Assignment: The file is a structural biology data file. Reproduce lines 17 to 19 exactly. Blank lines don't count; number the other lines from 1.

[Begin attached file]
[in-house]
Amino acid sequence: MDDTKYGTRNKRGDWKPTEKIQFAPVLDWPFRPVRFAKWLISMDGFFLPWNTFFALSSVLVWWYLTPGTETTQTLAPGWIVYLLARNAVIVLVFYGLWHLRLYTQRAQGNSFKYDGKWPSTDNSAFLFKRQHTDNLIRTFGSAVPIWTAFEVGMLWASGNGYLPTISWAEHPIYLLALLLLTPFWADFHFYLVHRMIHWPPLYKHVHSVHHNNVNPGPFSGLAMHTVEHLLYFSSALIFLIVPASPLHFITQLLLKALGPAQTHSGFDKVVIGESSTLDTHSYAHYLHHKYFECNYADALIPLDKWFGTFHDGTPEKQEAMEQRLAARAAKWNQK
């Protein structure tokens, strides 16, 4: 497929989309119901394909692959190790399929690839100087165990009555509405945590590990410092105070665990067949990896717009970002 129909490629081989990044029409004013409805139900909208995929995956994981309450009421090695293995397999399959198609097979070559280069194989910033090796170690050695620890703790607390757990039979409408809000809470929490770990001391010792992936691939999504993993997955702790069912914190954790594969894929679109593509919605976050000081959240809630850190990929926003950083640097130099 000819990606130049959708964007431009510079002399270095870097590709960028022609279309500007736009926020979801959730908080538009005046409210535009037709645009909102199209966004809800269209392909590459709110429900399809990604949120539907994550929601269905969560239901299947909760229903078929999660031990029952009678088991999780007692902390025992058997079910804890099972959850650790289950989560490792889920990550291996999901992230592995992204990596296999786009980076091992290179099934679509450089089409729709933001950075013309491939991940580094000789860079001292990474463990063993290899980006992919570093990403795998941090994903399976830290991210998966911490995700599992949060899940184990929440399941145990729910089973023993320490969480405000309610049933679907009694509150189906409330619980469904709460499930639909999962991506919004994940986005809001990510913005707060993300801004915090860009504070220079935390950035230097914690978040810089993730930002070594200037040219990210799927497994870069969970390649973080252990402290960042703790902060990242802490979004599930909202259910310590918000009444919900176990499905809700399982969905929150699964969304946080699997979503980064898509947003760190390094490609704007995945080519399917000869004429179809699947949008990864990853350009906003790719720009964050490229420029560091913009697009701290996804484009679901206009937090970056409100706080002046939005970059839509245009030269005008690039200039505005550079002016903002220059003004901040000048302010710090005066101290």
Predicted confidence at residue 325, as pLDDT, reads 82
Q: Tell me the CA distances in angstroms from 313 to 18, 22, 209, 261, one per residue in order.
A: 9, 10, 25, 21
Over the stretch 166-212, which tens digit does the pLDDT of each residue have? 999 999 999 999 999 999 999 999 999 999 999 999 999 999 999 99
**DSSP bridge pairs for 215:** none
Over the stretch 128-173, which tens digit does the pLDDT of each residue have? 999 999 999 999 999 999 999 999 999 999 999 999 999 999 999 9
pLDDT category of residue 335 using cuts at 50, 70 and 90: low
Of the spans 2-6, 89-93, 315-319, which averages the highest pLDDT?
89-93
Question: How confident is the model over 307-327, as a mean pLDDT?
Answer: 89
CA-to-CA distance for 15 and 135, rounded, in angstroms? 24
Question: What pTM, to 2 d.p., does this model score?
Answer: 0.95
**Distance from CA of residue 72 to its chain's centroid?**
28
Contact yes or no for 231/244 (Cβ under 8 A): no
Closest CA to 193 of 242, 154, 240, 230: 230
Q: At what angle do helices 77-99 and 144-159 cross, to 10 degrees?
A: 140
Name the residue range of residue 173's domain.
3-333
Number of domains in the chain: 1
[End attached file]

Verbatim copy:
Answer: 0.95
**Distance from CA of residue 72 to its chain's centroid?**
28